Cast with Style: Nineteenth-Century Cast-Iron Stoves from Albany and Troy

January 26–May 25, 2008

The Albany Institute is nationally known for its collection of nineteenth-century cast-iron stoves. This exhibition includes thirty-five stoves cast in Albany, Troy, and Schenectady, including ten stoves recently donated by collector and renowned architect John I. Mesick. The exhibition is enhanced by a selection of prints, drawings, photographs, stove catalogs, and advertising materials.

During the nineteenth century, manufacturers in Albany and Troy, New York, were considered to be among the largest producers of cast-iron stoves in the world. Stoves made in these two upstate New York cities were renowned for their fine quality and innovative technology and design. The location of Albany and Troy, New York—situated nine miles apart on opposite banks of the Hudson River—afforded easy and inexpensive transportation of raw materials to foundries and of finished stoves to worldwide markets.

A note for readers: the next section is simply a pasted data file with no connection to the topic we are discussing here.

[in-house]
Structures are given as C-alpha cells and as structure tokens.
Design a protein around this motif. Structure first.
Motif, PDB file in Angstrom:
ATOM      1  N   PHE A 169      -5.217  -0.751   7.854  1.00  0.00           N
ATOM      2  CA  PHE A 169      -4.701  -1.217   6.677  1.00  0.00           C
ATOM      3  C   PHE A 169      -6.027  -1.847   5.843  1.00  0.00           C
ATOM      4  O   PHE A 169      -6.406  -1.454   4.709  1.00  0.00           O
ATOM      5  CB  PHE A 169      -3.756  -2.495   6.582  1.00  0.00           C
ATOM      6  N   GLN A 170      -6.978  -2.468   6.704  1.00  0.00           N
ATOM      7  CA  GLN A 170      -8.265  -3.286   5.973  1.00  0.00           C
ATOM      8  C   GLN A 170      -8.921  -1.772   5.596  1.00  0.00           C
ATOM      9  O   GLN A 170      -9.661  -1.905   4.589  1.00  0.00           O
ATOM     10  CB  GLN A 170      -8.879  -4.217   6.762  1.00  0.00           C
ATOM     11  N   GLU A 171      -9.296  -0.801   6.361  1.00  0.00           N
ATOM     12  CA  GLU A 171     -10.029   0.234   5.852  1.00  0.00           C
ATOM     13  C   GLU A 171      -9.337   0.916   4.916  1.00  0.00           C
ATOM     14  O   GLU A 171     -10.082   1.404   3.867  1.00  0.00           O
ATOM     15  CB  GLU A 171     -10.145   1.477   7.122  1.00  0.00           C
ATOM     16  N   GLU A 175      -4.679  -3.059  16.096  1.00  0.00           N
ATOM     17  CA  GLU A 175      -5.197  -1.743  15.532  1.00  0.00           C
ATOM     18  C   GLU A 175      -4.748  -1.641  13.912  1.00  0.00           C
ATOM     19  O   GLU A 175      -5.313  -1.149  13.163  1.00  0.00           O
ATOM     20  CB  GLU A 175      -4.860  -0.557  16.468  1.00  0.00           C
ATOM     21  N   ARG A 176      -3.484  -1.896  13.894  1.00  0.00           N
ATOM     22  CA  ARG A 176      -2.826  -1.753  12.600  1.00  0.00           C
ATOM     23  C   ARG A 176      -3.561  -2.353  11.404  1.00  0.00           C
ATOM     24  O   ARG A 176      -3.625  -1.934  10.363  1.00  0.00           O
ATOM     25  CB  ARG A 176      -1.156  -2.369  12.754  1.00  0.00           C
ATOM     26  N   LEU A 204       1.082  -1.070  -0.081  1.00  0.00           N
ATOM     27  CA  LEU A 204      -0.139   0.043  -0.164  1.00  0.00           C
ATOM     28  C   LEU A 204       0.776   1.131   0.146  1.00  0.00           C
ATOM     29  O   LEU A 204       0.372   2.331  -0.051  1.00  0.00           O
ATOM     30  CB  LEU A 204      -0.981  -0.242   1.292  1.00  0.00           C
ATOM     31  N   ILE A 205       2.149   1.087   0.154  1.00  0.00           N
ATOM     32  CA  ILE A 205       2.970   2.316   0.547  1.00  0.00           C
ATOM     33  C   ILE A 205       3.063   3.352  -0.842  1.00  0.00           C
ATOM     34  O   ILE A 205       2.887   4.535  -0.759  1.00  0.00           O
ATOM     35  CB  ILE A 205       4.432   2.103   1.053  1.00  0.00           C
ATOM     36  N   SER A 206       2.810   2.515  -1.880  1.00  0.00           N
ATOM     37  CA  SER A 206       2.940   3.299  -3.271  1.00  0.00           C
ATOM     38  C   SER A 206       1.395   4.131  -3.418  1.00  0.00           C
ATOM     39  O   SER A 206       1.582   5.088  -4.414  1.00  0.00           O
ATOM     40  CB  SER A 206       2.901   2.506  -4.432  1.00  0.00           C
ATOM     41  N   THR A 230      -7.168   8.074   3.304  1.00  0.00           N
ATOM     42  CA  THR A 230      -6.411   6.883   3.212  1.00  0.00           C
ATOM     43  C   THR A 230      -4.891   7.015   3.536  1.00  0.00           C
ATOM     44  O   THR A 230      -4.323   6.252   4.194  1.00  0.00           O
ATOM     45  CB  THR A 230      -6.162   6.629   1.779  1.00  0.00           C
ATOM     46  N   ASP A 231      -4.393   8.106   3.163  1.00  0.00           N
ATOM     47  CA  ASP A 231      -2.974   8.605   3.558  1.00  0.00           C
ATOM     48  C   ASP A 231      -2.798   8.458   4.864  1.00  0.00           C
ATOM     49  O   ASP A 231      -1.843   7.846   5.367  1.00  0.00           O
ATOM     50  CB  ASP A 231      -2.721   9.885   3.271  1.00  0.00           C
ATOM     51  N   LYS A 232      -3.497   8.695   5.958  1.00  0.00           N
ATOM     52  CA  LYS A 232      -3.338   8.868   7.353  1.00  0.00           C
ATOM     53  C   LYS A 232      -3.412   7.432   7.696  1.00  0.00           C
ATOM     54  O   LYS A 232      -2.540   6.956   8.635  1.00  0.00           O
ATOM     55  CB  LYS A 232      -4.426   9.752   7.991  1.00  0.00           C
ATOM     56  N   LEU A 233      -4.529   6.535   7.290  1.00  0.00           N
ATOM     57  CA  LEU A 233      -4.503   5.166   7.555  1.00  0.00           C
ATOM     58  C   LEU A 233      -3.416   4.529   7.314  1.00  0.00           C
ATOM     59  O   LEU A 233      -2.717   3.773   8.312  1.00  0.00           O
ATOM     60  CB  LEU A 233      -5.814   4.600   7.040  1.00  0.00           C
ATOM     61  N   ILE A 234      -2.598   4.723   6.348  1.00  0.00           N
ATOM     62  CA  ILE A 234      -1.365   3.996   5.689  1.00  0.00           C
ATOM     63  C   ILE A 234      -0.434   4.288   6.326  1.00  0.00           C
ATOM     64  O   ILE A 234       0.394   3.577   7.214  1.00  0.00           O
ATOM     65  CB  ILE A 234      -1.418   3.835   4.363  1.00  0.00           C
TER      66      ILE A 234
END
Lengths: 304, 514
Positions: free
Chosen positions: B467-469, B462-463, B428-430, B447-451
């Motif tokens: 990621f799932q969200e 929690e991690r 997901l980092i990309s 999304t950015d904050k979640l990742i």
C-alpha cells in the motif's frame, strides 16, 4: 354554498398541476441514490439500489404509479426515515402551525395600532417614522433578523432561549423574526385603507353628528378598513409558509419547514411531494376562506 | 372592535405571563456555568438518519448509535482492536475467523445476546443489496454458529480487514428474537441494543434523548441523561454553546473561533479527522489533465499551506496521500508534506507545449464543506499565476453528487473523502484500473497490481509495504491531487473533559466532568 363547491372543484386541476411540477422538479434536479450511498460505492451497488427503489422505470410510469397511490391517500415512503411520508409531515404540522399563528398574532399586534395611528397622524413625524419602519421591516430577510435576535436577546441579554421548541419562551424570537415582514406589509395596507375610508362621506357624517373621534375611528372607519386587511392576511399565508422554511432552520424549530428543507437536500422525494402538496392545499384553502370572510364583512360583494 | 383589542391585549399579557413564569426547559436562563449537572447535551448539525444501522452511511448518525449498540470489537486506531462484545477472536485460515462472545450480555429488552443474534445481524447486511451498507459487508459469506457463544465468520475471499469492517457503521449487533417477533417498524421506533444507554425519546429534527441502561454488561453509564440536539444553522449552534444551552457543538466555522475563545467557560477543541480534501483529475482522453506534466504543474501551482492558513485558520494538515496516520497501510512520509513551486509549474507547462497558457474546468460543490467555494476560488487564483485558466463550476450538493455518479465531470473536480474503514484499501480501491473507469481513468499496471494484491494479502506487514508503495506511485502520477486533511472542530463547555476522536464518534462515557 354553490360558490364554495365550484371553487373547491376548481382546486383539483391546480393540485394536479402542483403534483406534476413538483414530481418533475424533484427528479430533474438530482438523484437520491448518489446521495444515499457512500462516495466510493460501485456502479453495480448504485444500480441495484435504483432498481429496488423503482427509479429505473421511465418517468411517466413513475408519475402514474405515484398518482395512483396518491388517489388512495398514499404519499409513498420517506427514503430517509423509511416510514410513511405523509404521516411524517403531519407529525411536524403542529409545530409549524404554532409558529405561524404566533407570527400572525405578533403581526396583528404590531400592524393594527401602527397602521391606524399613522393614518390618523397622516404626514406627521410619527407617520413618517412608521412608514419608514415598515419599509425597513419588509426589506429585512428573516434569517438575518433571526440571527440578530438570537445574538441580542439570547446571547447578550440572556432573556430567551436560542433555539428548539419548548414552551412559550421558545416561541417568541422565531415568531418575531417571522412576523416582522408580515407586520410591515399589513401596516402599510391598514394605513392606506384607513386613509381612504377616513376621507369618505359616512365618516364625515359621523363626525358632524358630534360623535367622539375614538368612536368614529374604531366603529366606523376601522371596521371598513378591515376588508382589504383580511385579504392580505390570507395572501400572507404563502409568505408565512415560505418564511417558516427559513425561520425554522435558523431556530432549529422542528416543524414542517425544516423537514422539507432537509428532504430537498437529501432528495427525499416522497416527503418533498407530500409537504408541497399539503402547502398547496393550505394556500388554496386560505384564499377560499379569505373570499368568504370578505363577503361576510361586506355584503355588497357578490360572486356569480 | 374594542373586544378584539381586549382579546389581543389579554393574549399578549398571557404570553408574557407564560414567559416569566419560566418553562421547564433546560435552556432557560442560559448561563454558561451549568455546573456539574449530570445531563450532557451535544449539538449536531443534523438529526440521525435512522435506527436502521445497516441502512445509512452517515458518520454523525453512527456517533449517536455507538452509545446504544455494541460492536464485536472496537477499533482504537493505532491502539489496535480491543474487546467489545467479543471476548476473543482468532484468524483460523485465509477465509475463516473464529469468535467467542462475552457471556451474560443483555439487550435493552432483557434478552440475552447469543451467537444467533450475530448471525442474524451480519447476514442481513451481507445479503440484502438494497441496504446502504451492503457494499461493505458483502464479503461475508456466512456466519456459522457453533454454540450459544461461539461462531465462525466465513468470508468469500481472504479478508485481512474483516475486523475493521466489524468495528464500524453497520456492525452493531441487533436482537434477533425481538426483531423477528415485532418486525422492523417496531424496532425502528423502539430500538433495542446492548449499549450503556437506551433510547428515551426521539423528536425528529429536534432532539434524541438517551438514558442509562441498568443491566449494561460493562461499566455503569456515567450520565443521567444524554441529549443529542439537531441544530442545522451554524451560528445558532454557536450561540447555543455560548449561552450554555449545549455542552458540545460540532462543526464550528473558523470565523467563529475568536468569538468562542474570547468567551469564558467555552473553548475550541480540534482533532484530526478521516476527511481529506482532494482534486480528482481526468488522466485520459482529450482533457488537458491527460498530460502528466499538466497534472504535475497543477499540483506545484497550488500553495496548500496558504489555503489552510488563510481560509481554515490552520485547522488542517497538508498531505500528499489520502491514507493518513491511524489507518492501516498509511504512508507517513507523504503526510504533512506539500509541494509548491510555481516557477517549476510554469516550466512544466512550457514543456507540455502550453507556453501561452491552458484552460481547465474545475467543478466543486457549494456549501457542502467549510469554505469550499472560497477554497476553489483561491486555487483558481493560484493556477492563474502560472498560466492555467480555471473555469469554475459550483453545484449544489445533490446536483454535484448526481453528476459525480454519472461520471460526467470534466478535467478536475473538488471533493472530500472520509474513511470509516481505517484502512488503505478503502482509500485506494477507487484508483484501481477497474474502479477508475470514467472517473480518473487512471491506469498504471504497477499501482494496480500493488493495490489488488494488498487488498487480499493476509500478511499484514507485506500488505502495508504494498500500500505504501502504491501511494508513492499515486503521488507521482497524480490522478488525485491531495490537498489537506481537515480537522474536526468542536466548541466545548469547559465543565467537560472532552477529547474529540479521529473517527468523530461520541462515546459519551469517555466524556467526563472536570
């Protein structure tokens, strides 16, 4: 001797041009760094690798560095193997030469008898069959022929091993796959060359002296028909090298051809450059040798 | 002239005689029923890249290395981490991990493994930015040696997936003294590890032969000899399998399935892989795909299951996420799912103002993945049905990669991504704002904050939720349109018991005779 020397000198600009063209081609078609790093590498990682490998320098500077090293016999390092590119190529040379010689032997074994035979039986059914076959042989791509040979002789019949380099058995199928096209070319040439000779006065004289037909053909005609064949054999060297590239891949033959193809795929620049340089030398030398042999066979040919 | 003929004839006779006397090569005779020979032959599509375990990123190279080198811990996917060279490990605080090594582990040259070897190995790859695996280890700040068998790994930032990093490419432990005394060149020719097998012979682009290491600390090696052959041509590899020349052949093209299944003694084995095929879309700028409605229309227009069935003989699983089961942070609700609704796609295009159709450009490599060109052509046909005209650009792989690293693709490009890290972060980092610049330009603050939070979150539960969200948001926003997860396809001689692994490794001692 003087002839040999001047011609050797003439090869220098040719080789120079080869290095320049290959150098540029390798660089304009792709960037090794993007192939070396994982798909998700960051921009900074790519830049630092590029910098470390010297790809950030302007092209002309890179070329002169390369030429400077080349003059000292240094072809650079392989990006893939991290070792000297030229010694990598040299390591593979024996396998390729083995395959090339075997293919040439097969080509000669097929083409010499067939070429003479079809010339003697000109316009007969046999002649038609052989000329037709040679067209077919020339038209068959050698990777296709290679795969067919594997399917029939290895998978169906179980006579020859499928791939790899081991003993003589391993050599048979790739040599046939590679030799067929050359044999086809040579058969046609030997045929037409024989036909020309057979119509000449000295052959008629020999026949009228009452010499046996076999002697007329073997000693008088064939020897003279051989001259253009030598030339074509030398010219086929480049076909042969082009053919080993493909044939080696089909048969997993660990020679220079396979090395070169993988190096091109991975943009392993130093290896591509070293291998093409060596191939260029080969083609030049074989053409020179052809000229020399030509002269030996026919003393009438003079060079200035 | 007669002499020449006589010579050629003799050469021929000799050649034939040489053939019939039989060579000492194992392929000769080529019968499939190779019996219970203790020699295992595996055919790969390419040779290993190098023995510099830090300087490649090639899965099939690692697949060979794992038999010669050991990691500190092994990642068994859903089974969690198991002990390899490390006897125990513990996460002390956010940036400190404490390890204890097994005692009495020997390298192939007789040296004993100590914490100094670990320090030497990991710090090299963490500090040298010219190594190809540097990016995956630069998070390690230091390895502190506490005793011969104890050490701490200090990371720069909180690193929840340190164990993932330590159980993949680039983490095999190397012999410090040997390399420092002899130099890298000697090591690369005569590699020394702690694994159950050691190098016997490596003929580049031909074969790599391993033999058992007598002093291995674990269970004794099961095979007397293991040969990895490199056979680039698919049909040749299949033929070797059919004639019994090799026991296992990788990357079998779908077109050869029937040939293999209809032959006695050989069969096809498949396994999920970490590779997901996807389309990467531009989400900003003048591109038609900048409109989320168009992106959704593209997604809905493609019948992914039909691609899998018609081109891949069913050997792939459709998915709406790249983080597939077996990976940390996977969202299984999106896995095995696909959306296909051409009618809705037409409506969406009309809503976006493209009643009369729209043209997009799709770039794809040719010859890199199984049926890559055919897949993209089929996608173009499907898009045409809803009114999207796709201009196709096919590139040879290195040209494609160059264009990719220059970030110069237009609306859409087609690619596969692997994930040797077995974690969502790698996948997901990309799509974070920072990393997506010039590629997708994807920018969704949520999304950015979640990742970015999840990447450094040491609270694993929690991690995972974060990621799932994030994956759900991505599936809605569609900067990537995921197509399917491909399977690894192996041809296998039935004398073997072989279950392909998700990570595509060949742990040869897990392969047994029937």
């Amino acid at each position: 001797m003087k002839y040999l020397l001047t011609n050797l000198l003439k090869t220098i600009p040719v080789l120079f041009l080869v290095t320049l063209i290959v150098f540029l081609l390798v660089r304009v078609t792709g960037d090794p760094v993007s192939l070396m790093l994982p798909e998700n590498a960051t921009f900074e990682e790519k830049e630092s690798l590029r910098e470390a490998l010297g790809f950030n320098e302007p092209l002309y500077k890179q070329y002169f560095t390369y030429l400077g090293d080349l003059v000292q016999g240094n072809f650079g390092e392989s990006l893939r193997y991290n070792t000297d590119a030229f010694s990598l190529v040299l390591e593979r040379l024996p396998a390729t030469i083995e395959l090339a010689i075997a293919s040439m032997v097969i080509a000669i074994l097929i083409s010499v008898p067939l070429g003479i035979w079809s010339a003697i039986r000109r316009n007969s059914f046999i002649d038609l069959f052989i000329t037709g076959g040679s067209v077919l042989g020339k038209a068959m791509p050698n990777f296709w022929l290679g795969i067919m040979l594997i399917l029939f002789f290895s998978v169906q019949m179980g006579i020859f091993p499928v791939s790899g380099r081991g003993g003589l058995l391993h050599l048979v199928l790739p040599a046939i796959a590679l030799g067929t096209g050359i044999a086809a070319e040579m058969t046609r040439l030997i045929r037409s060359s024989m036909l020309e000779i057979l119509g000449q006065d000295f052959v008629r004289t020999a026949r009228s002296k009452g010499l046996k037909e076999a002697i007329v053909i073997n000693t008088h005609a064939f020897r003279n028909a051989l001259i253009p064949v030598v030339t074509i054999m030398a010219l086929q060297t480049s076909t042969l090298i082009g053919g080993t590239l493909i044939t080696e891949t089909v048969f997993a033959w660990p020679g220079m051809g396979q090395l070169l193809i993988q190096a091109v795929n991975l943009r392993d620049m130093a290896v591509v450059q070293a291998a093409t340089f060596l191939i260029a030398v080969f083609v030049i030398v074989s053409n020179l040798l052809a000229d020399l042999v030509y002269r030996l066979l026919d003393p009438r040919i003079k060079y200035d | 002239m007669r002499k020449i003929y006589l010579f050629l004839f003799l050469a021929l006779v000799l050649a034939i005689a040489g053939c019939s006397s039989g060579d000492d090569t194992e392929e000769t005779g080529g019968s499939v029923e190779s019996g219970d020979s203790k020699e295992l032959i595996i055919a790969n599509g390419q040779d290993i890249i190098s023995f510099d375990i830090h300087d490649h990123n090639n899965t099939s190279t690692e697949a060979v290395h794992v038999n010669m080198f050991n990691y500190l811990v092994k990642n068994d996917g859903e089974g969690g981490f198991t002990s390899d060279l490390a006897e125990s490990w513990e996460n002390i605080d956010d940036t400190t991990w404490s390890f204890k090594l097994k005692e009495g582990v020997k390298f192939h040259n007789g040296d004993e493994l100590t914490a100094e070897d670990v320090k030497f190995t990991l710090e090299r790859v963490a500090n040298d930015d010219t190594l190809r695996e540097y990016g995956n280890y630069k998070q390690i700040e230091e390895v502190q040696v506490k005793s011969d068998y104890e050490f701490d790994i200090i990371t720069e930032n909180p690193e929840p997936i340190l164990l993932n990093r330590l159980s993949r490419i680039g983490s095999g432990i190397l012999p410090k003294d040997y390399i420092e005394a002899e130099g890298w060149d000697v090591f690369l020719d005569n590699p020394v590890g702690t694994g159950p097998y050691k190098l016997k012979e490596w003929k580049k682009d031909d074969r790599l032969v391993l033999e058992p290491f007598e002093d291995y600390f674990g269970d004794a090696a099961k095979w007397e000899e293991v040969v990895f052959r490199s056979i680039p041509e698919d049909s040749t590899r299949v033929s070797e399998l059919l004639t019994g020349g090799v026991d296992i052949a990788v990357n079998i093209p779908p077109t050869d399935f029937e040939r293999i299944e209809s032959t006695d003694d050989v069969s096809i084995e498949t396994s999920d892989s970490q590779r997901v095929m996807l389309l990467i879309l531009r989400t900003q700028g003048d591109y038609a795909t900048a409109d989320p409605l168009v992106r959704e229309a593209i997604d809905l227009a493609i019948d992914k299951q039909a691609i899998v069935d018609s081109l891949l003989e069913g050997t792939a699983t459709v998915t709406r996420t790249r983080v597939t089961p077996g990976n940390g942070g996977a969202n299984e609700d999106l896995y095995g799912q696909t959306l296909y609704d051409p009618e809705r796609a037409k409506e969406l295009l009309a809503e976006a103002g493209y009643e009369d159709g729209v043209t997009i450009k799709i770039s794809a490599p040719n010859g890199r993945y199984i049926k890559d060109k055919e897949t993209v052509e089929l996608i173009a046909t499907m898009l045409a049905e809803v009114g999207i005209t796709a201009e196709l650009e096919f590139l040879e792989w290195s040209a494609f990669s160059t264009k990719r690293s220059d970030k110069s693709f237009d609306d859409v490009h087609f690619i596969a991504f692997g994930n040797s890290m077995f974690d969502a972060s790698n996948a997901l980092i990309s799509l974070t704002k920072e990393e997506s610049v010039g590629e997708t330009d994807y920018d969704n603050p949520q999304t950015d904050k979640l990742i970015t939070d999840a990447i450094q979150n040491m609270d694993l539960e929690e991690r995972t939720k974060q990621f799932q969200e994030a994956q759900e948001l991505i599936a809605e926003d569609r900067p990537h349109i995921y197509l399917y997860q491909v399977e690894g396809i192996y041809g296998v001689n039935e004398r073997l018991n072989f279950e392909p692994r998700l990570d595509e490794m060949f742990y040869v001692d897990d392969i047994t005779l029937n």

Cast-iron stove making reached its highest artistic level with the cupola furnace, which permitted more elaborate designs and finer quality castings. Stove designers borrowed freely from architectural and cabinetmakers’ design books, a process that resulted in the use of Greek, Roman, Egyptian, and Rococo revival motifs and patriotic symbols. Franklin, box, dumb, base-burner, parlor, and cook stoves were all made in the region.

 Support for this exhibition has been provided by the estate of Richard J. Salisbury.